With Jacoby Ford Hurt, Oakland Raiders' Pass Depends on Darrius Heyward-Bey

Armando MartinezCorrespondent IISeptember 14, 2011

The Raiders need to be able to count upon Heyward-Bey to move the chains against Buffalo this Sunday.
The Raiders need to be able to count upon Heyward-Bey to move the chains against Buffalo this Sunday.Doug Pensinger/Getty Images

After an injury-riddled game this past Monday night, where both teams had multiple players exit the game early, the Oakland Raiders, already without wide receiver Louis Murphy, could lose another one.

This time it is the electric playmaker Jacoby Ford, who tweaked his hamstring during the third quarter against the Denver Broncos and could not finish the game.

Ford's status for this Sunday's game against the Buffalo Bills is unknown, but the San Francisco Chronicle reports that Ford missed this Wednesday's morning practice.

If Ford cannot suit up this Sunday with Murphy already presumed a no-go, the Raiders would have five wide receivers on their roster to utilize.

One of them, Derek Hagan, was inactive in Monday's season opener, potentially due to a calf injury that slowed him in the final week of camp.

Of the other four, the Raiders may turn to the most experienced of the bunch to shoulder the load: the seventh overall pick of the 2009 draft, Darrius Heyward-Bey. Raider Nation gulps at this notion.

However, there is reason to believe this year could be different for Heyward-Bey, who has disappointed in his two years in the league thus far.

Heyward-Bey finished Monday's contest with four catches for 44 yards, two of which earned first downs at crucial moments in the game. The four catches is nearly half of what he amassed in his rookie season.

Head coach Hue Jackson has done nothing but rave about the third-year wideout over the offseason. His work ethic has never been questioned.

His on the field performance, however, has left a lot of be desired. Jackson has been looking to play to his players' strengths and this includes Heyward-Bey.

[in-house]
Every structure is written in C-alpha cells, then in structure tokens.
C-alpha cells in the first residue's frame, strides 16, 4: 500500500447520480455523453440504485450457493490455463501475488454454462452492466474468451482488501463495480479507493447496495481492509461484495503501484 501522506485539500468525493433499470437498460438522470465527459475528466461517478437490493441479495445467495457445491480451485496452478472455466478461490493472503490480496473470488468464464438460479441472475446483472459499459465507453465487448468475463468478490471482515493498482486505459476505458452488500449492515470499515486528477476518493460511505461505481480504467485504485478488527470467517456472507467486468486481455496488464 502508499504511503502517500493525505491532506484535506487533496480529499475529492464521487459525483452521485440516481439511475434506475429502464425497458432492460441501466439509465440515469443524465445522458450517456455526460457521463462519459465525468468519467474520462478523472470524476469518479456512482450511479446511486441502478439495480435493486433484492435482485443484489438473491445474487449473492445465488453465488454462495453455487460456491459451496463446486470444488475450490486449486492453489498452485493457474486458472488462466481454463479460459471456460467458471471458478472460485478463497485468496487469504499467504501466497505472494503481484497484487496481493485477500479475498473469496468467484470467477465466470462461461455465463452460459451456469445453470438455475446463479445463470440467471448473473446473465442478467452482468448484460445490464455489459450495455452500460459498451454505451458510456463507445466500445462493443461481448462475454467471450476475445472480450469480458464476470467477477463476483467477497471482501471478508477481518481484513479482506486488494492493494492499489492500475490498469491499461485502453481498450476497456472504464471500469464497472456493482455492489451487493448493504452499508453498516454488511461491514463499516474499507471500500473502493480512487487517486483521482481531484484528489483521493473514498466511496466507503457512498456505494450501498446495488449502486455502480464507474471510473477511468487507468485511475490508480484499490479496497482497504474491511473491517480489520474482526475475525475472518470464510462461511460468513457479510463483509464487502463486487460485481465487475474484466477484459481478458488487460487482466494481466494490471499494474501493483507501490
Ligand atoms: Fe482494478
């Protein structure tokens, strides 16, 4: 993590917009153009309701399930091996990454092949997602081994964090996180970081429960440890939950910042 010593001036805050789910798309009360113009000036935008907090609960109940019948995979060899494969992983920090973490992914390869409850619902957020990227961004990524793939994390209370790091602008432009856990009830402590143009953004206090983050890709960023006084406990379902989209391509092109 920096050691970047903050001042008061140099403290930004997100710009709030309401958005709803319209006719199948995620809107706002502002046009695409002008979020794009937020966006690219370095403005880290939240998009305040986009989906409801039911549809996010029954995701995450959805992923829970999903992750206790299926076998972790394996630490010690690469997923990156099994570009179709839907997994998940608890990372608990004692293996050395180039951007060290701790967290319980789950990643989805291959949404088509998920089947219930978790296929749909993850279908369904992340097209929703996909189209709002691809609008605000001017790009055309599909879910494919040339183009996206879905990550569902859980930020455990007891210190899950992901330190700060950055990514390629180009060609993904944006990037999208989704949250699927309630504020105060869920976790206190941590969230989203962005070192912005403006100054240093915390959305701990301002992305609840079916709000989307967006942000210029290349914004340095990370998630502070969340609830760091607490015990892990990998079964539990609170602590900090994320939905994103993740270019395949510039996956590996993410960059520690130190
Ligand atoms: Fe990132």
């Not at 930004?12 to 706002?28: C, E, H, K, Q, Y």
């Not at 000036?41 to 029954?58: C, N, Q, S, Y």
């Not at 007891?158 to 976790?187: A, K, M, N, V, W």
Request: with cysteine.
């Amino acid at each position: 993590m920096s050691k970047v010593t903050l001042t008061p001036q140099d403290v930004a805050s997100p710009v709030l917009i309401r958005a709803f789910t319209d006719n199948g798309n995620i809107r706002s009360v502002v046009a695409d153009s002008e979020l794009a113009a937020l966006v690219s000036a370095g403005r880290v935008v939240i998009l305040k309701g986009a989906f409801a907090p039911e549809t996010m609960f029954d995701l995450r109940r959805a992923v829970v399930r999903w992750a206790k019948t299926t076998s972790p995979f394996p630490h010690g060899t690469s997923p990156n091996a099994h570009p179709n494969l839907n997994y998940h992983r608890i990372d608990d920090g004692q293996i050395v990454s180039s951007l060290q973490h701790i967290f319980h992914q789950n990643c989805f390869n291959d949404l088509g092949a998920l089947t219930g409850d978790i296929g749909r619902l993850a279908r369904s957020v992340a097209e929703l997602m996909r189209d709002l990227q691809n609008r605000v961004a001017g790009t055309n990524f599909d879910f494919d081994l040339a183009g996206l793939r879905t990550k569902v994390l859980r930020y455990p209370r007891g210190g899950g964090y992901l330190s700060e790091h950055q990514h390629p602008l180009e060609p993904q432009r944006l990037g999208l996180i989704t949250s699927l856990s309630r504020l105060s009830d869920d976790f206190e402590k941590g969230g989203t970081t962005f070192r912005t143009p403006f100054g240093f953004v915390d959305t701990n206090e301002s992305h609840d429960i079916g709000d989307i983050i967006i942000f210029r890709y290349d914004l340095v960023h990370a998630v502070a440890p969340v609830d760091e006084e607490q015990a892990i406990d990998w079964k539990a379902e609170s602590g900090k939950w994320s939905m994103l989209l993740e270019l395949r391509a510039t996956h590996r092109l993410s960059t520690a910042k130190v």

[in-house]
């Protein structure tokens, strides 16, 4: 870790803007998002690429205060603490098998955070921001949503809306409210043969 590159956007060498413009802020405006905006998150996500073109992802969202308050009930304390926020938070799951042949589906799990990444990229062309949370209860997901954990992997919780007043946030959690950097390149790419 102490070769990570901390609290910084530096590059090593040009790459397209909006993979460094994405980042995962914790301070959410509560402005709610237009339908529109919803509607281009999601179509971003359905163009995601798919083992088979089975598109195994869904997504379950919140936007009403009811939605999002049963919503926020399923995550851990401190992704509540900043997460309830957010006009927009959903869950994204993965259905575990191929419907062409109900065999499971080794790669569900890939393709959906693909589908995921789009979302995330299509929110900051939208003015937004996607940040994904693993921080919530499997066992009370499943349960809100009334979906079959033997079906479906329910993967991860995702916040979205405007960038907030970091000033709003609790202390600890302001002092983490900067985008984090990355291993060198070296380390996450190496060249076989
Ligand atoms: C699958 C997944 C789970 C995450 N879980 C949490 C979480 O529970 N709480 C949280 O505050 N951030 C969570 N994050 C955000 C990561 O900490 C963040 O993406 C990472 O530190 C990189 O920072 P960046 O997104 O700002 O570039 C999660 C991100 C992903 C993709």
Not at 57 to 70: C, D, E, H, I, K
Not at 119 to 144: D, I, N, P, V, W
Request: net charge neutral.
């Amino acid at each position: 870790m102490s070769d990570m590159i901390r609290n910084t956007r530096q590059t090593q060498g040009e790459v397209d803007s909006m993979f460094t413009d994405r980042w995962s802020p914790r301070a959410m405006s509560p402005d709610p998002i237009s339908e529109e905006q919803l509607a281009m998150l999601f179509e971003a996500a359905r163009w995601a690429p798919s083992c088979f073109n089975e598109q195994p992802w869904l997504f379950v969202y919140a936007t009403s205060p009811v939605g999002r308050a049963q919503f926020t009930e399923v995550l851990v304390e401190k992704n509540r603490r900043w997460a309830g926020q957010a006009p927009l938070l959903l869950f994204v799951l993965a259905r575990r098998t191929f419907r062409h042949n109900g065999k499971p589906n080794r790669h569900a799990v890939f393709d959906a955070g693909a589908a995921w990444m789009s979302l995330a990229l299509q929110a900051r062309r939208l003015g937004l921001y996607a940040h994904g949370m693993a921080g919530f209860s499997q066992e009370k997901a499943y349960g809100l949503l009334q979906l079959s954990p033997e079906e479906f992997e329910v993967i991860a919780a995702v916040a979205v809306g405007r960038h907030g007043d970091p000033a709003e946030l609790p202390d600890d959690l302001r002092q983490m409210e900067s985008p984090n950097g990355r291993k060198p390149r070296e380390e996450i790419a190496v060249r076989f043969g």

Where in years past he was mostly seen running fly routes and deep posts down the field almost exclusively, there have been many more quick slants and hitch routes incorporated into Heyward-Bey's repertoire.

He looks much more comfortable and polished running these routes, especially compared to his deep patterns where his timing and ball skills continually appear off.

Perhaps he is not the deep threat that Al Davis envisioned when he drafted him ahead of Michael Crabtree, but he still has a chance to prove himself as a valuable receiver.

His speed is unquestioned and perhaps he is better served running shorter routes and depending on his speed to get a jump off the line, getting yards after the catch.

Monday night was a good indication of what he can potentially do when thrown into that role.

It was probably his best game as a pro, discounting the game last year against the Seattle Seahawks where he exploded for a 69-yard touchdown.

With Kevin Boss likely to return to the lineup to face the Bills, the Raiders will have another option and may soften the underneath coverage of the linebackers, allowing Heyward-Bey to establish himself in the passing game.

Buffalo will most likely try to eliminate Oakland's staple, the running game, and force them to be one-dimensional.

It is of utmost importance that the Raiders establish an aerial attack, which they could not do consistently against the Broncos.

For better or worse, Heyward-Bey may be forced to play a central role this Sunday and be one of Jason Campbell's first reads.

All eyes will be on Heyward-Bey to prove to the fans, his coach, his team and himself that he can be a reliable receiver.

While he may never live up to the lofty expectations placed on him when he was drafted seventh overall, building upon last week's performance will win a lot of people over.